WSU scientists highlight Northwest climate risks in national report

Seattle skyscrapers surrounded by orange smoke above cars on a highway.
Seattle was engulfed in smoke during the 2020 wildfire season. The PNW suffered from compound climate events of this extreme wildfire season followed by continued drought and record-breaking heat in 2021. Image by Jingxuan Ji on iStock.

Wildfires and record heatwaves are just a couple climate change impacts that have already hit the Pacific Northwest — and there are likely to be more, according to a U.S. Government report.

The 5th National Climate Assessment released this week paints a grim picture of the effects of human-caused climate change across the country but does offer some hope. Two Washington State University climate scientists, Deepti Singh and Kirti Rajagopalan, contributed to key portions of the Assessment.

“The climate risks we are experiencing today will increase with warming — and that depends on the emissions we put into the environment. If we want to reduce climate risks, we have the technologies and strategies that we know are effective, some of which are already being implemented, but we need to scale up our efforts,” said Singh, a WSU Vancouver researcher whose work focuses on climate change and extreme weather events.

These strategies include decarbonizing electricity production, instituting better land management, improving urban planning, increasing carbon-free public transportation, and restoring ecosystems. Although even with mitigation, Singh said, communities are still likely to experience more climate risks in the next few decades and that means they must adapt while centering equity and justice.

Adaptations include designing and updating water and energy infrastructure to deal with multiple extreme events like wildfires and heatwaves. Cities or states can also adapt by increasing green infrastructure and disaster preparedness resources in underserved communities that often experience disproportionately higher climate risks.

Singh served as an author on Climate Trends chapter of the report, and lead author on the Compound Effects chapter, which deals with back-to-back extreme events that create extra challenges. The Pacific Northwest experienced this type of cascading event with an extreme wildfire season in 2020 followed by continued drought and record-shattering extreme heat the next year.

That heatwave in 2021 led to more than 1,400 heat-related deaths in the region. The subsequent wildfire season resulted in losses of economically important fishery species and damages exceeding $38.5 billion according to the Assessment.

These types of events the region has already experienced will likely continue, said Rajagopalan, who was one of the authors on the Assessment’s chapter focused on the Northwest. Climate in the region is expected to impact multiple dimensions: ecosystems, regional economies, human health, infrastructure and even the region’s heritage and people’s sense of place. Since some communities are more vulnerable than others, the report emphasizes taking a social justice approach in adaptation measures.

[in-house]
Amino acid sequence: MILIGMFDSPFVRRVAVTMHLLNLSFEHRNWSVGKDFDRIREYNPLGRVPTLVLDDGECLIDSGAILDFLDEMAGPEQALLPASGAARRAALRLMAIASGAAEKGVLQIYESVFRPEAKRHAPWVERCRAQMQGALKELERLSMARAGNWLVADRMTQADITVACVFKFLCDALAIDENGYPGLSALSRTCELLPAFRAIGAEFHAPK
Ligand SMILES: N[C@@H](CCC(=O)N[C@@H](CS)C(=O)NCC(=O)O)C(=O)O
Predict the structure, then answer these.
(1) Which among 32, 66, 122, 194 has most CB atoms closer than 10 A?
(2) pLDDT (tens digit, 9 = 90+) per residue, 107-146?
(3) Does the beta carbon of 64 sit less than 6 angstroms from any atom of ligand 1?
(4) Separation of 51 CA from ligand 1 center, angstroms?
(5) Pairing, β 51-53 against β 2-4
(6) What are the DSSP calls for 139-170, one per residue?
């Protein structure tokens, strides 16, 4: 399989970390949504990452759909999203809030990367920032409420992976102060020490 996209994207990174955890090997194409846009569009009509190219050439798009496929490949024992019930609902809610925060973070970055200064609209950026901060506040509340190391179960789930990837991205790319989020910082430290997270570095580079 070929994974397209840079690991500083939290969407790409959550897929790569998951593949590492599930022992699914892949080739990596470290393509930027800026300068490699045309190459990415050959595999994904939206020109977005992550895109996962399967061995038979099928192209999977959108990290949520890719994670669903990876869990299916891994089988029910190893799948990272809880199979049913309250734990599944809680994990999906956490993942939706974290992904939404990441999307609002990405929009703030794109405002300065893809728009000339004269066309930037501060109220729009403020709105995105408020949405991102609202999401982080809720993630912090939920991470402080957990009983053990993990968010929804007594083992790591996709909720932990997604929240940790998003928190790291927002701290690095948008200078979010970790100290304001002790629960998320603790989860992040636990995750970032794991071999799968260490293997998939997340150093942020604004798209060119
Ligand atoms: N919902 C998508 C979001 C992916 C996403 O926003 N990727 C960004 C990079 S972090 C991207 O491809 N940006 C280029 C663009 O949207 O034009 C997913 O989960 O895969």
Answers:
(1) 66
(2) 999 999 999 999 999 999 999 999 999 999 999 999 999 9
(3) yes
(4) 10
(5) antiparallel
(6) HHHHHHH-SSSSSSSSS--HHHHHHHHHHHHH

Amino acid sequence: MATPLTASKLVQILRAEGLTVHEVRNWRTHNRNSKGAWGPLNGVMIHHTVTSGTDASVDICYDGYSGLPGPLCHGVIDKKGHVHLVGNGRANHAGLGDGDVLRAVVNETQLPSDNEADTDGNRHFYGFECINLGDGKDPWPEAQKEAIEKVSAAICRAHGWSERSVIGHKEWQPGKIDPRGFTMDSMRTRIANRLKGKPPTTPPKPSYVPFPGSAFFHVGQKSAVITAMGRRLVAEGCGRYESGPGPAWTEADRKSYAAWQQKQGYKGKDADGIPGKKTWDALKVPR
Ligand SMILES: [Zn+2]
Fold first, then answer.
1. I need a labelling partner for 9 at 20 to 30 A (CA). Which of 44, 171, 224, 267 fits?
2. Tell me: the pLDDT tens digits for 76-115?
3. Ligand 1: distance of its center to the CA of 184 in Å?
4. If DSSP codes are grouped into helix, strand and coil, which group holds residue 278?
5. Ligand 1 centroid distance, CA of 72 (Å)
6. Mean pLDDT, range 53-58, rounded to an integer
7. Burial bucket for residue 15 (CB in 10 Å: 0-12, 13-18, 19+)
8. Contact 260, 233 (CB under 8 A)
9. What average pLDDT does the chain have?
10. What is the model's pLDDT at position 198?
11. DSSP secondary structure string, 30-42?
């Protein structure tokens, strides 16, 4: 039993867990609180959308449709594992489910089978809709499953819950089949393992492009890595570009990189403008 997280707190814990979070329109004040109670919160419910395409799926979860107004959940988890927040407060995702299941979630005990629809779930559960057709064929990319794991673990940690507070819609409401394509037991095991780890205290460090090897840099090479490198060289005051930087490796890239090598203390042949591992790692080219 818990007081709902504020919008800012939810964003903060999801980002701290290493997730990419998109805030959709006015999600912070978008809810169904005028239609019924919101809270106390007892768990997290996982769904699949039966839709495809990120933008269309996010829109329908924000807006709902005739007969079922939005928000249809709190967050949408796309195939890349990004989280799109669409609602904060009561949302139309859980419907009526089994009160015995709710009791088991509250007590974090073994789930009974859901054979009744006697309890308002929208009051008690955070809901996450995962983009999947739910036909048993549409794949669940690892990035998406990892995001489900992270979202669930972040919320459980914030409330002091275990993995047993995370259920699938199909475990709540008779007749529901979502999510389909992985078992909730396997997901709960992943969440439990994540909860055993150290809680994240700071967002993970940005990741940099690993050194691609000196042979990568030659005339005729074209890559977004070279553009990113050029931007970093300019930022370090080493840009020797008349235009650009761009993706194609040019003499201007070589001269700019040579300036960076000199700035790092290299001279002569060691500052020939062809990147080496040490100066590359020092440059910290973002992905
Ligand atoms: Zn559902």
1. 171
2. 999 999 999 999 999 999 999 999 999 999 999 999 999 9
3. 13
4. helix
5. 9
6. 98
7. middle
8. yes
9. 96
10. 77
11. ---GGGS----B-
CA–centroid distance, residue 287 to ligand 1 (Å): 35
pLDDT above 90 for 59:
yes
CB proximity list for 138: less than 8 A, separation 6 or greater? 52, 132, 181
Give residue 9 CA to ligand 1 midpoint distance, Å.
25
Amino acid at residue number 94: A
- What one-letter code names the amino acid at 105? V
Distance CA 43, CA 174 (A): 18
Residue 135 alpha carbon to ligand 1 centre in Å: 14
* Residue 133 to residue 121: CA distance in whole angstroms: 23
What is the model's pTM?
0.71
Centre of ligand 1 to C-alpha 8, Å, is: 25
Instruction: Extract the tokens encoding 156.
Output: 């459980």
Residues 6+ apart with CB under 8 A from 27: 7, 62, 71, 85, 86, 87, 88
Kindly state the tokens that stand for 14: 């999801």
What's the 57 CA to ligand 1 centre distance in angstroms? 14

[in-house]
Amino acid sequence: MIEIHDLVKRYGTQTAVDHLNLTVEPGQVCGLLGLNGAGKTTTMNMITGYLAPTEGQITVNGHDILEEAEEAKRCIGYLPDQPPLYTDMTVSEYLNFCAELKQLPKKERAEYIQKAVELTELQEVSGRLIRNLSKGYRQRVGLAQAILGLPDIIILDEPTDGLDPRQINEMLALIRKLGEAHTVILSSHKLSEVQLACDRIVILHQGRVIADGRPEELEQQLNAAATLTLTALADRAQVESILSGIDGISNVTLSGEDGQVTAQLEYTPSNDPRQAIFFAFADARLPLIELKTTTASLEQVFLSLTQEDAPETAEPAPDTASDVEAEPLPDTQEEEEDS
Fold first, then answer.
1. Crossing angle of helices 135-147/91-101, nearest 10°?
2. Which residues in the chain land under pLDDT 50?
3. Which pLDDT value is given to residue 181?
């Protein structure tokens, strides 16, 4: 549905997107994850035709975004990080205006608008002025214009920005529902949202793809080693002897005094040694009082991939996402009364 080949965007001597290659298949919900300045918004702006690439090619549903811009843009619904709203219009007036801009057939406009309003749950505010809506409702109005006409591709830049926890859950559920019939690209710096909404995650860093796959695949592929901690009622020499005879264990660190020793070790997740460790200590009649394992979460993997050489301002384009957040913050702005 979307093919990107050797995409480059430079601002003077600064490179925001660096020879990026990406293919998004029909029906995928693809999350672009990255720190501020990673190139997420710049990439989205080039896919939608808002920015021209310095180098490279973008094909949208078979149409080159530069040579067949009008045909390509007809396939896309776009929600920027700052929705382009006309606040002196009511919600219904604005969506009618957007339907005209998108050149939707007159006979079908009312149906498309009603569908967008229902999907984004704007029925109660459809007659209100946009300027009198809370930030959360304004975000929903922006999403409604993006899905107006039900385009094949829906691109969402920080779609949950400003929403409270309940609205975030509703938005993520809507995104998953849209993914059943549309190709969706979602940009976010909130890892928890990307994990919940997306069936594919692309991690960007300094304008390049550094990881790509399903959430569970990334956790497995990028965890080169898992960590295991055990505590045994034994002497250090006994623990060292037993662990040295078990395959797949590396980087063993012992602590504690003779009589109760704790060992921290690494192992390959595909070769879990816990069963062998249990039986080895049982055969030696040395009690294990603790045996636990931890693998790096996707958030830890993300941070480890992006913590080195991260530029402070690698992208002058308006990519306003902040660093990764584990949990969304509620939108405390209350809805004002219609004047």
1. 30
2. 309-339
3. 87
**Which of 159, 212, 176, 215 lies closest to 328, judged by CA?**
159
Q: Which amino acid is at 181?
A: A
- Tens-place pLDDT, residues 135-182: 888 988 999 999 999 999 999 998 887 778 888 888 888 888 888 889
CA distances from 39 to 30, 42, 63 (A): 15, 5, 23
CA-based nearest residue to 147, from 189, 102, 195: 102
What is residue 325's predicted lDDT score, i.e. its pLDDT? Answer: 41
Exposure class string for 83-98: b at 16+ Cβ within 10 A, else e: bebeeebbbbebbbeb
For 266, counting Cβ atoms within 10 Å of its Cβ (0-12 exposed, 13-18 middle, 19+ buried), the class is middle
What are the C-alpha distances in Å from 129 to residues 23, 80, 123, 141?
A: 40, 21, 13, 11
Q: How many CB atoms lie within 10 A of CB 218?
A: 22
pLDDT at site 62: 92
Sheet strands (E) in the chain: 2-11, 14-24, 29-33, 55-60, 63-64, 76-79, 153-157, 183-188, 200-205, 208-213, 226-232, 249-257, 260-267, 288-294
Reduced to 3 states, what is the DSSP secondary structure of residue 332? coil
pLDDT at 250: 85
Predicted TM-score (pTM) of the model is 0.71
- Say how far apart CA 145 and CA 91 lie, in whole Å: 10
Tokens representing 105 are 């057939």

“Climate change tends to amplify other issues,” Rajagopalan said. “For example, in human health when there are existing problems, those are exacerbated by more frequent exposure to heat or wildfire smoke.”  

Rajagopalan, whose research focuses on agro-ecosystem modeling, sees a mixed future for agriculture in the Northwest. On the one hand, climate change not only threatens crop production by itself but also affects a whole range of agriculture-related issues from water availability to pests and diseases to the health of key pollinators like bees.

“There are opportunities too, and that’s something we tend to forget,” said Rajagopalan. “Unlike other parts of the U.S., some of the negative impacts are a little bit muted in the Pacific Northwest, and from an agricultural perspective that actually positions us well competitively.”

A map of western Washington showing locations around Ferndale and Bellingham where climate events happened. Then six smaller photos with details showing flooding and heat damage
(Top) satellite image of western Washington (left top row) Flooding on November 16, 2021, in the Nooksack River is shown. Flooding is expected to become more frequent and severe as a result of more intense rainfall and rain-on-snow events. (middle left) Non-native invasives such as the European green crab disrupt food webs as their distribution expands with warming coastal waters. (middle center) Postfire debris flows are expected to become more common with increased wildfire and precipitation intensity. (middle right) Large areas across the Northwest—such as in Idaho—are prone to increased risk of wildfires. (bottom left) Aspen is sensitive to high air temperature, leading to more dying aspen groves. (bottom center) Increases in the distribution and density of non-native invasive grasses, such as cheatgrass, exacerbate wildfire risk. (bottom right) Seedlings are more sensitive than mature trees to heat stress and drought. Satellite image: (top) Lauren Dauphin and Joshua Stevens, NASA Earth Observatory. Photo credits: (middle left) ©Emily Grason; (middle center, middle right, bottom left) ©Charlie Luce; (bottom center) ©Erica Fleishman; and (bottom right) Colorado State Forest Service.

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